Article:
Paul Browning described how Orillia is politically a Tory/Reform area which also has social assistance/working poor and artists.  The congregation is about 170 years old, and there were problems with a couple of ministers in the past.  Two intentional Interim Ministers went in, and there was a good process of describing what they wanted to do.  250 people were going to church; 156 people participated in a process which led to 97 objectives for a series of changes in the congregation.  They looked for a team of equals, and the team works because they chose each other and have a covenant to speak directly to each other and to the community with one voice.  They have very different skills.


The growth has been in numbers and the variety of people attending.  Paul says the major issue in the church is not racism but classism.  In 1981 the photo directory had 221 families; the numbers rose and dropped over the years, and now they have 430 families now.  575 attend worship now; they are the fourth largest in Canada today.  They have not focused on children and youth, but have worked on changing the culture of the church through working with adults.


Thy have 443 volunteers doing over 800 ministries.  Most pastoral care is done by volunteers; 98 phone contacters call throughout the congregation five times a year; shut-ins are visited twice a month; contacts are made after funerals; contact with young people in college are made; and there are ride-to-church teams.


Paul said that the churches with life and energy are usually small-minded and judgmental.  If you go to United Churches you generally experience boredom and bullshit.  The United Church is dead on when we say there are many ways to God, and we build on our foundation of being inclusive.  At St. Paul’s they are trying to be lively and are trying to build a church where people can be loved and accepted.  The church is not built on orthodoxy; we believe on orthopraxy; our guiding principle is love.  If you’re not loving, you’ll be challenged.  As we’ve been able to present different options, people are more accepted within our congregations.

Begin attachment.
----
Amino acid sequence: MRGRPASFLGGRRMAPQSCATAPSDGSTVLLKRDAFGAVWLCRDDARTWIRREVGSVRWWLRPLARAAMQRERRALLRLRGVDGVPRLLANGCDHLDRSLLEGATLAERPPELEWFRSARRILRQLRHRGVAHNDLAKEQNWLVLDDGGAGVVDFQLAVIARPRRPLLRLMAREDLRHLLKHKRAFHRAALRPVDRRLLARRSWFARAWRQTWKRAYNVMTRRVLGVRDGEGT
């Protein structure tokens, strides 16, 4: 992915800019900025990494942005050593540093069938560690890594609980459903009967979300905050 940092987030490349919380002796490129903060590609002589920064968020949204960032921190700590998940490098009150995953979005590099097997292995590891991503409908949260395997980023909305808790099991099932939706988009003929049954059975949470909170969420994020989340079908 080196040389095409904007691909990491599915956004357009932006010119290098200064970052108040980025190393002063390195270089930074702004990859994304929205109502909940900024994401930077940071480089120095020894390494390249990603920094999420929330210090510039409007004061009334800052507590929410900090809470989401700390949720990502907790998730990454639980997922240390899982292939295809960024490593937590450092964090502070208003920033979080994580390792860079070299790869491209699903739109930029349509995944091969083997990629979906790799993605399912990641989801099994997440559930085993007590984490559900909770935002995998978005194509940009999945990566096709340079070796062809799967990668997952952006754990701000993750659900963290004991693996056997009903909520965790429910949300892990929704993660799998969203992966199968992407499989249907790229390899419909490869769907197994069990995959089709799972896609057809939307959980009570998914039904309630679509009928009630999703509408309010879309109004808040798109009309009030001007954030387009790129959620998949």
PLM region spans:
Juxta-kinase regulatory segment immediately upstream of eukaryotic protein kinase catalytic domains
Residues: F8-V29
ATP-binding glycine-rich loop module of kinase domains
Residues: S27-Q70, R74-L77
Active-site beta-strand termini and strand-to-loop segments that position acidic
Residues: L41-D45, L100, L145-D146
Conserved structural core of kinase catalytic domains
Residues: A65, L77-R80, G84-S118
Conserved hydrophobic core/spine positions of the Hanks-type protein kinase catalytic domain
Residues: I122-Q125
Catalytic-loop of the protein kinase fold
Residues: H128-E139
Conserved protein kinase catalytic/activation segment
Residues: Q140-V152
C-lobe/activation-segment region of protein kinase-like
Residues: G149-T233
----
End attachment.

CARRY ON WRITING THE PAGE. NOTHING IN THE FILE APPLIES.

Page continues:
People are looking for connection; freedom from guilt and shame and meaninglessness.  PALS - prayer, action, learning, sharing - is the model of their small group ministry.  The backbone of the church is music; they will use every kind of music as long as it’s done well.  They signed up as a venue for the local jazz festival. They hired a band for $550 a week and got 20 people out as long as the service was in the sanctuary.    People share their stories in a talk-show format.  They use AA language a lot, e.g. higher power.  They now have about 70 people a week since the service moved to the hall and out of the sanctuary.


A Wednesday evening new age service with guided meditation attracts about 30 people a week.

Corrine Ware has developed a way of assessing the needs within a congregation.  Mind/emotion/definition or doctrine/mystery and practice are the four major quadrants.  We have to provide programming in all four of the areas.    They don’t advertise on the church page, but the focus is on having people inviting others to the congregation.  They’re in an assessment mode now because they’re losing one person out the back door for every one that comes in the front door.



Until we can be honest about what we mean in our spiritual hearts, our message is mixed and confusing.  How does it happen that 14 small groups get started? 

The prime directive is based on “What is your passion?” That’s your ministry.  As long as there’s sharing and prayer, that’s a small group. 






You are part of the face of this website.

Your participation by story sharing will shape this web site.

Please write to the webmaster Hannah Lee

Updated April 27, 2005